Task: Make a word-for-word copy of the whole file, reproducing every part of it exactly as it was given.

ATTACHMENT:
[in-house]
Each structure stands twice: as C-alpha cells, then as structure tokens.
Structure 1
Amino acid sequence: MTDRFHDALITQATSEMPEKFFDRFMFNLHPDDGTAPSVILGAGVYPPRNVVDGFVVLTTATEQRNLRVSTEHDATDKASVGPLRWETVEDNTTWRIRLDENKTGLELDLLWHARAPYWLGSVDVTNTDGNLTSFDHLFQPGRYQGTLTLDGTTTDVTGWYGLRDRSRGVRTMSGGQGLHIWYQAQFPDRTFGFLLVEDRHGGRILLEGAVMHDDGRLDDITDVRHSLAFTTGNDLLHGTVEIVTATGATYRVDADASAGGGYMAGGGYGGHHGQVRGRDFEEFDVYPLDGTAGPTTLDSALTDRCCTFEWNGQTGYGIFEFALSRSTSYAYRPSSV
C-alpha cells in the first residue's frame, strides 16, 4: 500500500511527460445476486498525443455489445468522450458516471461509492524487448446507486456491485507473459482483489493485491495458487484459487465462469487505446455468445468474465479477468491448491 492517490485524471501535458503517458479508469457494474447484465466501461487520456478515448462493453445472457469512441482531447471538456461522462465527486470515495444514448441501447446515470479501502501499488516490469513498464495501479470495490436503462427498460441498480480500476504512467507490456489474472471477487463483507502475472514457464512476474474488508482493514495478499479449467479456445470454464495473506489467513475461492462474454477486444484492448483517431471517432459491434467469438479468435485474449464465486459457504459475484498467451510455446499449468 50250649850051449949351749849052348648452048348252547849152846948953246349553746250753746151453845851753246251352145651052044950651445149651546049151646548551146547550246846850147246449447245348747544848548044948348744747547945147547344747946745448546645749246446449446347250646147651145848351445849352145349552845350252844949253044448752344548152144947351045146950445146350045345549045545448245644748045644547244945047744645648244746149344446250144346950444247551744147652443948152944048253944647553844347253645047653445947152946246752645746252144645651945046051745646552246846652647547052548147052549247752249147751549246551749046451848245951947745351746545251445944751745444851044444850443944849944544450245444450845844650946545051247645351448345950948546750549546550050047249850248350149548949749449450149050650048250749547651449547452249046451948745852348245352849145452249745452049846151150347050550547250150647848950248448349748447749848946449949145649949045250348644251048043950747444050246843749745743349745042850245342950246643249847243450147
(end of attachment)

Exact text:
[in-house]
Each structure stands twice: as C-alpha cells, then as structure tokens.
Structure 1
Amino acid sequence: MTDRFHDALITQATSEMPEKFFDRFMFNLHPDDGTAPSVILGAGVYPPRNVVDGFVVLTTATEQRNLRVSTEHDATDKASVGPLRWETVEDNTTWRIRLDENKTGLELDLLWHARAPYWLGSVDVTNTDGNLTSFDHLFQPGRYQGTLTLDGTTTDVTGWYGLRDRSRGVRTMSGGQGLHIWYQAQFPDRTFGFLLVEDRHGGRILLEGAVMHDDGRLDDITDVRHSLAFTTGNDLLHGTVEIVTATGATYRVDADASAGGGYMAGGGYGGHHGQVRGRDFEEFDVYPLDGTAGPTTLDSALTDRCCTFEWNGQTGYGIFEFALSRSTSYAYRPSSV
C-alpha cells in the first residue's frame, strides 16, 4: 500500500511527460445476486498525443455489445468522450458516471461509492524487448446507486456491485507473459482483489493485491495458487484459487465462469487505446455468445468474465479477468491448491 492517490485524471501535458503517458479508469457494474447484465466501461487520456478515448462493453445472457469512441482531447471538456461522462465527486470515495444514448441501447446515470479501502501499488516490469513498464495501479470495490436503462427498460441498480480500476504512467507490456489474472471477487463483507502475472514457464512476474474488508482493514495478499479449467479456445470454464495473506489467513475461492462474454477486444484492448483517431471517432459491434467469438479468435485474449464465486459457504459475484498467451510455446499449468 50250649850051449949351749849052348648452048348252547849152846948953246349553746250753746151453845851753246251352145651052044950651445149651546049151646548551146547550246846850147246449447245348747544848548044948348744747547945147547344747946745448546645749246446449446347250646147651145848351445849352145349552845350252844949253044448752344548152144947351045146950445146350045345549045545448245644748045644547244945047744645648244746149344446250144346950444247551744147652443948152944048253944647553844347253645047653445947152946246752645746252144645651945046051745646552246846652647547052548147052549247752249147751549246551749046451848245951947745351746545251445944751745444851044444850443944849944544450245444450845844650946545051247645351448345950948546750549546550050047249850248350149548949749449450149050650048250749547651449547452249046451948745852348245352849145452249745452049846151150347050550547250150647848950248448349748447749848946449949145649949045250348644251048043950747444050246843749745743349745042850245342950246643249847243450147